Coastal progress: eastern North Carolina's war on poverty, 1963-1972

UNCG Author/Contributor (non-UNCG co-authors, if there are any, appear on document)
Karen Medlin Hawkins (Creator)
The University of North Carolina at Greensboro (UNCG )
Web Site:
Thomas Jackson

Abstract: This dissertation puts forward a new and broader understanding of the factors that contributed to greater economic opportunity and declining poverty rates during the Great Society years and beyond through a study of the nation's first rural Community Action Agency (CAA) to receive federal funds as a part of President Lyndon Johnson's War on Poverty. Craven Operation Progress, Inc. (COP), located in mostly rural Eastern North Carolina, also was one of the eleven sites funded by the private non-profit North Carolina Fund, whose antipoverty programs both predated and served as models for the national War on Poverty. Aside from just the timing and source of its funding, the experiences of COP reveal a refreshingly different and far more encompassing story than has been told. In addition to focusing primarily on the fight to eradicate poverty in America's largest urban centers (many of which, like Mayor Daley's Chicago, were exceptional cases), scholarship on the War on Poverty has generally assumed that middle-class whites on CAA boards were either uninterested or unable to truly meet the needs of the poor, biracial agreement and cooperation was essentially impossible, and that confrontation and direct protest led by the poor and their liberal advocates was the primary and the most consistently effective means behind social change. "Coastal Progress: Eastern North Carolina's War on Poverty, 1963-1972" challenges these assumptions. With few exceptions, scholars have not looked beyond episodic conflicts and controversies to assess the wide-ranging interactions between whites and non-whites and between the poor and non-poor in their evaluations of CAAs. The research conducted for this study, which relies heavily on several untapped primary sources including 1960s and 1970s-era oral interviews of antipoverty workers and local citizens, records from the U.S. Office of Equal Employment Opportunity (EEO), and written communications between COP and the North Carolina Fund as well as the Office of Economic Opportunity (OEO), confirms that negotiation and moderate white and black leadership in combination with manpower and economic development were key to the creation of economic opportunities for poor people in Eastern North Carolina and also to making those opportunities accessible to the poor, blacks in particular.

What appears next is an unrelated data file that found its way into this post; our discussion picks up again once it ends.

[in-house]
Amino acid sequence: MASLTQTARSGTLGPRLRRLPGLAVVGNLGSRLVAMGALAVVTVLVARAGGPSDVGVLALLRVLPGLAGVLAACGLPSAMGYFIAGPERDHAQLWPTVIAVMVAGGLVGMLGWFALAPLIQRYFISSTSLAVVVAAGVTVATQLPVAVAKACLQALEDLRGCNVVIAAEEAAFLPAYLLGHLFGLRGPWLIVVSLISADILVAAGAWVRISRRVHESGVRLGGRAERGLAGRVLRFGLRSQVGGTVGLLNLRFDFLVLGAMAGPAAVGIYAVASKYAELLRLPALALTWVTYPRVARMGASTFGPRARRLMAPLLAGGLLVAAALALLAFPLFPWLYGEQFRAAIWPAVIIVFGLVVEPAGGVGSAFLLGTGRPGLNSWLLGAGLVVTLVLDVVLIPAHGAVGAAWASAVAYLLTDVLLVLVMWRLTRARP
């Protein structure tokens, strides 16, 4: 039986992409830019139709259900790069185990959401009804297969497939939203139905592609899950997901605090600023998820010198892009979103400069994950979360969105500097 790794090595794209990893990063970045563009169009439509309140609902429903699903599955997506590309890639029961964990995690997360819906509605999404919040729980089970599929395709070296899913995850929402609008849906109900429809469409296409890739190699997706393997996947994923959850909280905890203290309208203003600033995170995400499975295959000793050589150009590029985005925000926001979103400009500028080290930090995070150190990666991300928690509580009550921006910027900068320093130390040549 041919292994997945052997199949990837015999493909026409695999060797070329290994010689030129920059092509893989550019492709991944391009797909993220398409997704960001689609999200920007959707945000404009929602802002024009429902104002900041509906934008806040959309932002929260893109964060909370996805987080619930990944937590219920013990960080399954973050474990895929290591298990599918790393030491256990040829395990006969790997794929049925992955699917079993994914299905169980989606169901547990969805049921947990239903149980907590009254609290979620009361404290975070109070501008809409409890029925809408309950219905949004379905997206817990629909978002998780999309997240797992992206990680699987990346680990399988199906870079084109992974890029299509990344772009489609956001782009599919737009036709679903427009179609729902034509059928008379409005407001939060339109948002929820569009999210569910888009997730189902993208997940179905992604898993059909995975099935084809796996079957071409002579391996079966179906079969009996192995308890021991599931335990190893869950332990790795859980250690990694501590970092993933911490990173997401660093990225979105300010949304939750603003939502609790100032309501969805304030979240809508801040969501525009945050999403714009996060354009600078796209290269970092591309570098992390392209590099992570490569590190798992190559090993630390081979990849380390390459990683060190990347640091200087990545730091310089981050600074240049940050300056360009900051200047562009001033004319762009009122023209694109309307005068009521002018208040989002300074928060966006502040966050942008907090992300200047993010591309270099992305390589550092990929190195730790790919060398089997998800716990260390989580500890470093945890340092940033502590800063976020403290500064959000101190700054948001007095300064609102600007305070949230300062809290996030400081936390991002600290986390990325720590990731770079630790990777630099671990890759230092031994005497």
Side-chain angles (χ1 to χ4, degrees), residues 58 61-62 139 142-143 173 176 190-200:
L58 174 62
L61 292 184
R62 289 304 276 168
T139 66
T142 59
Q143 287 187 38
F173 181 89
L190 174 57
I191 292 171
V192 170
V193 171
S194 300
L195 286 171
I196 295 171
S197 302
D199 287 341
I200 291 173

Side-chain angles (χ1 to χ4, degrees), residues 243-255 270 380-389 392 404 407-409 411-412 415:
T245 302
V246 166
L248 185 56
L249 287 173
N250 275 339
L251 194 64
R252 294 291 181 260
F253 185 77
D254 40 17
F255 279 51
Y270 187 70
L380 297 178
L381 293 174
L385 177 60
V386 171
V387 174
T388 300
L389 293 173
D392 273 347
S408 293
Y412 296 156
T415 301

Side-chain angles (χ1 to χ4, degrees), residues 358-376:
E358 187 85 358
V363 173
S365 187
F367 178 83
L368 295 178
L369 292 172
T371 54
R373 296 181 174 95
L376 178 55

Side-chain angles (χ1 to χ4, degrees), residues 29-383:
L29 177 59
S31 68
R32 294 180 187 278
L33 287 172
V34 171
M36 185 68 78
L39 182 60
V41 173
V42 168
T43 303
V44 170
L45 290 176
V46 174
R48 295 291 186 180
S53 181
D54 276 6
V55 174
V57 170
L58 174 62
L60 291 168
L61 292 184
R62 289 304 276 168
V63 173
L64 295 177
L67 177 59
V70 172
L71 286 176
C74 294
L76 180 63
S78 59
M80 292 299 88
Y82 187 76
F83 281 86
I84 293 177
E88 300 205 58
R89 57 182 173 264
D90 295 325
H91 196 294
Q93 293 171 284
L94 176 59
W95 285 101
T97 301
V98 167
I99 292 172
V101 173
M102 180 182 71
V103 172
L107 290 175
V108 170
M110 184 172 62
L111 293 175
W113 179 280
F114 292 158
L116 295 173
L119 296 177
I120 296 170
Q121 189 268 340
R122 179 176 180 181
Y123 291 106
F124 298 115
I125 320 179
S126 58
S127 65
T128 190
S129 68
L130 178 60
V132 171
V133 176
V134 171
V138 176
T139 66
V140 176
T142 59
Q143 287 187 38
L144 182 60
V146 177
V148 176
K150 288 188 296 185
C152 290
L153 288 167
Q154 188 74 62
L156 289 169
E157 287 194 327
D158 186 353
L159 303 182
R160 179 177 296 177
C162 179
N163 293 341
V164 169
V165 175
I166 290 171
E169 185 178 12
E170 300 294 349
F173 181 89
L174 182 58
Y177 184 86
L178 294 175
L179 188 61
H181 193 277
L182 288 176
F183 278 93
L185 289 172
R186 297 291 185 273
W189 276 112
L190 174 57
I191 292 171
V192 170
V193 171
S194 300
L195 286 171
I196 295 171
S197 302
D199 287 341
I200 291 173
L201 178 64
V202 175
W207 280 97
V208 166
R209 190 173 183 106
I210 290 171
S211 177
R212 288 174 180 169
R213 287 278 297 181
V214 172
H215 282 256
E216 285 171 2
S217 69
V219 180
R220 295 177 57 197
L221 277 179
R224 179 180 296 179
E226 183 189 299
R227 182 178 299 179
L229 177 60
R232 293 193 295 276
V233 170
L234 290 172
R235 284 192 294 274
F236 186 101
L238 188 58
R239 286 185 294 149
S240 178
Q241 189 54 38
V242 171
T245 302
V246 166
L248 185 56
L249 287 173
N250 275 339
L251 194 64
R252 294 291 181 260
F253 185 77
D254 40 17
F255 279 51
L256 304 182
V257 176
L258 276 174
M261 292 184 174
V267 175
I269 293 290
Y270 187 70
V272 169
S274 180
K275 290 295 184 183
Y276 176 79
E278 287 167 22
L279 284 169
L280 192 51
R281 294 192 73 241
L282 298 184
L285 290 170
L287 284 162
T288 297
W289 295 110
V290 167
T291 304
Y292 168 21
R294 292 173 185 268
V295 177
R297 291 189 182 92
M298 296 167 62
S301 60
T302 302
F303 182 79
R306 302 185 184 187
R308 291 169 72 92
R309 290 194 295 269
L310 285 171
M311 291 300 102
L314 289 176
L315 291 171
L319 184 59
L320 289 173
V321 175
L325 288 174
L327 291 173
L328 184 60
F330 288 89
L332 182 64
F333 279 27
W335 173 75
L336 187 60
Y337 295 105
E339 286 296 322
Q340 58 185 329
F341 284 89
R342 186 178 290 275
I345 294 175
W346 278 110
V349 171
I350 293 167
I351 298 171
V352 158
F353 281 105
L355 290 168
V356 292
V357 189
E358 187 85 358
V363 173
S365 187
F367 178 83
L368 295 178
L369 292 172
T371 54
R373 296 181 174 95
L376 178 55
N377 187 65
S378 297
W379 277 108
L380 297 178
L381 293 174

Additional Information

Language: English
Date: 2012
Community Action, Craven County, Eastern North Carolina, Economic Development, North Carolina Fund, War on Poverty
North Carolina Fund
Craven Operation Progress, Inc.
Poverty $z North Carolina $y 20th century
Economic assistance $z North Carolina $y 20th century
Economic stabilization $z North Carolina $y 20th century
Craven County (N.C.) $x Economic conditions $y 20th century

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